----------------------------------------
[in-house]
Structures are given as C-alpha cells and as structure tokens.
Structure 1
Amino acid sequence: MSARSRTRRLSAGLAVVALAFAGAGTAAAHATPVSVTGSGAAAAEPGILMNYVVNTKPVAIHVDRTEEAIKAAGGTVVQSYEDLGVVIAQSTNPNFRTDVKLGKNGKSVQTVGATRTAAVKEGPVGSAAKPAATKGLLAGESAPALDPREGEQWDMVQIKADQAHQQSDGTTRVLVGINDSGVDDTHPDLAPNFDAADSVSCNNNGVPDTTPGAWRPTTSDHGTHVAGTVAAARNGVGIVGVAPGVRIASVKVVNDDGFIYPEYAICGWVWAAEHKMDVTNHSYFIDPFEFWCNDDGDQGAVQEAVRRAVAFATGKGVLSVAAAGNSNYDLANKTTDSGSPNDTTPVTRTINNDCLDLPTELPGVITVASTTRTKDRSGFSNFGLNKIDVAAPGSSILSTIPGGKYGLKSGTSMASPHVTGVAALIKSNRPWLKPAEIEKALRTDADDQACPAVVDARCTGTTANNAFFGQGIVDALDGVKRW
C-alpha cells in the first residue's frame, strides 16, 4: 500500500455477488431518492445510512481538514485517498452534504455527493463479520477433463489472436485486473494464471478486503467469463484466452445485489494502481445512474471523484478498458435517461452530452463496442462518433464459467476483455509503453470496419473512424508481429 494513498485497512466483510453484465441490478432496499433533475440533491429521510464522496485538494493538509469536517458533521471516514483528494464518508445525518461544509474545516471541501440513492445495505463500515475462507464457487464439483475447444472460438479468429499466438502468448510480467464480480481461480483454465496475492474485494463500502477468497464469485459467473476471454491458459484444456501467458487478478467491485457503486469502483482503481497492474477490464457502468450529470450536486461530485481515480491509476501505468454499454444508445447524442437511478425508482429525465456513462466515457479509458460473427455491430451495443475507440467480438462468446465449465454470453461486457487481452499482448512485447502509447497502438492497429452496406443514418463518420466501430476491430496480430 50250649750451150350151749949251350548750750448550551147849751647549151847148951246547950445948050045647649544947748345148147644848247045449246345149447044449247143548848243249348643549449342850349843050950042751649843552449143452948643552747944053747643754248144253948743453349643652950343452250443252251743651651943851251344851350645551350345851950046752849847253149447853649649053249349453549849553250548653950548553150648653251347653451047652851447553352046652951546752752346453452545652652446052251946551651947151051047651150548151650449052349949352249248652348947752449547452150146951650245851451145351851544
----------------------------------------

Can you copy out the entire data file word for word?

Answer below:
[in-house]
Structures are given as C-alpha cells and as structure tokens.
Structure 1
Amino acid sequence: MSARSRTRRLSAGLAVVALAFAGAGTAAAHATPVSVTGSGAAAAEPGILMNYVVNTKPVAIHVDRTEEAIKAAGGTVVQSYEDLGVVIAQSTNPNFRTDVKLGKNGKSVQTVGATRTAAVKEGPVGSAAKPAATKGLLAGESAPALDPREGEQWDMVQIKADQAHQQSDGTTRVLVGINDSGVDDTHPDLAPNFDAADSVSCNNNGVPDTTPGAWRPTTSDHGTHVAGTVAAARNGVGIVGVAPGVRIASVKVVNDDGFIYPEYAICGWVWAAEHKMDVTNHSYFIDPFEFWCNDDGDQGAVQEAVRRAVAFATGKGVLSVAAAGNSNYDLANKTTDSGSPNDTTPVTRTINNDCLDLPTELPGVITVASTTRTKDRSGFSNFGLNKIDVAAPGSSILSTIPGGKYGLKSGTSMASPHVTGVAALIKSNRPWLKPAEIEKALRTDADDQACPAVVDARCTGTTANNAFFGQGIVDALDGVKRW
C-alpha cells in the first residue's frame, strides 16, 4: 500500500455477488431518492445510512481538514485517498452534504455527493463479520477433463489472436485486473494464471478486503467469463484466452445485489494502481445512474471523484478498458435517461452530452463496442462518433464459467476483455509503453470496419473512424508481429 494513498485497512466483510453484465441490478432496499433533475440533491429521510464522496485538494493538509469536517458533521471516514483528494464518508445525518461544509474545516471541501440513492445495505463500515475462507464457487464439483475447444472460438479468429499466438502468448510480467464480480481461480483454465496475492474485494463500502477468497464469485459467473476471454491458459484444456501467458487478478467491485457503486469502483482503481497492474477490464457502468450529470450536486461530485481515480491509476501505468454499454444508445447524442437511478425508482429525465456513462466515457479509458460473427455491430451495443475507440467480438462468446465449465454470453461486457487481452499482448512485447502509447497502438492497429452496406443514418463518420466501430476491430496480430 50250649750451150350151749949251350548750750448550551147849751647549151847148951246547950445948050045647649544947748345148147644848247045449246345149447044449247143548848243249348643549449342850349843050950042751649843552449143452948643552747944053747643754248144253948743453349643652950343452250443252251743651651943851251344851350645551350345851950046752849847253149447853649649053249349453549849553250548653950548553150648653251347653451047652851447553352046652951546752752346453452545652652446052251946551651947151051047651150548151650449052349949352249248652348947752449547452150146951650245851451145351851544